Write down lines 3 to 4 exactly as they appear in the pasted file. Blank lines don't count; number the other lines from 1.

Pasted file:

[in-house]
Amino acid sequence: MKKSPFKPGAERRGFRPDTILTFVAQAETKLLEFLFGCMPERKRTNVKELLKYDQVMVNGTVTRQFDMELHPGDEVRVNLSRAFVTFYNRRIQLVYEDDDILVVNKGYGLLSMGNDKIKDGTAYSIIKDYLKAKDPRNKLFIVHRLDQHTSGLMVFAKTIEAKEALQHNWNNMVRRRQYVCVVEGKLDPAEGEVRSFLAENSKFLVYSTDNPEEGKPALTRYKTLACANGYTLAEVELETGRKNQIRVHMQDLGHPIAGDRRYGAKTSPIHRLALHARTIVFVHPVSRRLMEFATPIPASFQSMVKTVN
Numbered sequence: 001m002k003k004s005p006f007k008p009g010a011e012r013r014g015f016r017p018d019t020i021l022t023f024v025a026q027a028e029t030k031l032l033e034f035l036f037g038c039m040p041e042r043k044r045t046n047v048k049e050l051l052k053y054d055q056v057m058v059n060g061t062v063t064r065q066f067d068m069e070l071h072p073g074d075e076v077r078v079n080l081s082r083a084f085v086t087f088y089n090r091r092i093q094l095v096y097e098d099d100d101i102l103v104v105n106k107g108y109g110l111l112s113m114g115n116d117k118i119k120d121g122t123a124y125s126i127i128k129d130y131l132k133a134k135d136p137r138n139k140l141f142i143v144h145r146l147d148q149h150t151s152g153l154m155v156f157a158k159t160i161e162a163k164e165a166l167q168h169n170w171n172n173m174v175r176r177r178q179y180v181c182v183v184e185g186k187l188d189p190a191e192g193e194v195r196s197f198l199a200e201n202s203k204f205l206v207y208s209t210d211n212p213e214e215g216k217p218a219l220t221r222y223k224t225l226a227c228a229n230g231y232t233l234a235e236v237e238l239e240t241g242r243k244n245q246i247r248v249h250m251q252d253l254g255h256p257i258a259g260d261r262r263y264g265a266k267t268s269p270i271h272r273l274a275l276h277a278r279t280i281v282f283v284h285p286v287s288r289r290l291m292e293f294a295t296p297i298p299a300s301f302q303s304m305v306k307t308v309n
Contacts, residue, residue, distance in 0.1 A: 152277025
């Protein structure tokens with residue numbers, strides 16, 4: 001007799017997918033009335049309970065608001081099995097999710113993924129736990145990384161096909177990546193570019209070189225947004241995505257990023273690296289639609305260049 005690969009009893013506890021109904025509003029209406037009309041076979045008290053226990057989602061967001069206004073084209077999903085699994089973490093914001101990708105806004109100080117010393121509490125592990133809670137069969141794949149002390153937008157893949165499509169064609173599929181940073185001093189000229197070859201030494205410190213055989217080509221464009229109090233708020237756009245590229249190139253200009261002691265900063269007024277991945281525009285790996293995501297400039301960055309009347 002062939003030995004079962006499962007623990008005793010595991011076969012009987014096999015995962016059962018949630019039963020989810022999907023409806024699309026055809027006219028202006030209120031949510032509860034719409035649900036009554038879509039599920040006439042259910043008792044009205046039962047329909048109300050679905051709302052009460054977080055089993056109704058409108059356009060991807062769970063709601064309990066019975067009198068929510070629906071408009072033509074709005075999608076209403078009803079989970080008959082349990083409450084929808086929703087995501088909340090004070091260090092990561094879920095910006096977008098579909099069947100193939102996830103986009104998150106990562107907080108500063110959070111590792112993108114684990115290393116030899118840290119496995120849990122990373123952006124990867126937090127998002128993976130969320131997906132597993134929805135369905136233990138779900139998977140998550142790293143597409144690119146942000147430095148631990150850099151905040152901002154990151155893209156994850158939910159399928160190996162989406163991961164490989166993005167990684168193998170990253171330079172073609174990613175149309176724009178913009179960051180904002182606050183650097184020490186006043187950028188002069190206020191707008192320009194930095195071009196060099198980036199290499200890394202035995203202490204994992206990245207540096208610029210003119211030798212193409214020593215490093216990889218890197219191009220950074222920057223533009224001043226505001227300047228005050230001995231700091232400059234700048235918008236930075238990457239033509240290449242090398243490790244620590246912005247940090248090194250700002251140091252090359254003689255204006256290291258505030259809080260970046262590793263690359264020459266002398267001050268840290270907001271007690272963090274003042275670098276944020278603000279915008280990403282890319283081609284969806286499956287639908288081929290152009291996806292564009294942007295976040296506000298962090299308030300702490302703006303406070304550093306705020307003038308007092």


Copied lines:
Numbered sequence: 001m002k003k004s005p006f007k008p009g010a011e012r013r014g015f016r017p018d019t020i021l022t023f024v025a026q027a028e029t030k031l032l033e034f035l036f037g038c039m040p041e042r043k044r045t046n047v048k049e050l051l052k053y054d055q056v057m058v059n060g061t062v063t064r065q066f067d068m069e070l071h072p073g074d075e076v077r078v079n080l081s082r083a084f085v086t087f088y089n090r091r092i093q094l095v096y097e098d099d100d101i102l103v104v105n106k107g108y109g110l111l112s113m114g115n116d117k118i119k120d121g122t123a124y125s126i127i128k129d130y131l132k133a134k135d136p137r138n139k140l141f142i143v144h145r146l147d148q149h150t151s152g153l154m155v156f157a158k159t160i161e162a163k164e165a166l167q168h169n170w171n172n173m174v175r176r177r178q179y180v181c182v183v184e185g186k187l188d189p190a191e192g193e194v195r196s197f198l199a200e201n202s203k204f205l206v207y208s209t210d211n212p213e214e215g216k217p218a219l220t221r222y223k224t225l226a227c228a229n230g231y232t233l234a235e236v237e238l239e240t241g242r243k244n245q246i247r248v249h250m251q252d253l254g255h256p257i258a259g260d261r262r263y264g265a266k267t268s269p270i271h272r273l274a275l276h277a278r279t280i281v282f283v284h285p286v287s288r289r290l291m292e293f294a295t296p297i298p299a300s301f302q303s304m305v306k307t308v309n
Contacts, residue, residue, distance in 0.1 A: 152277025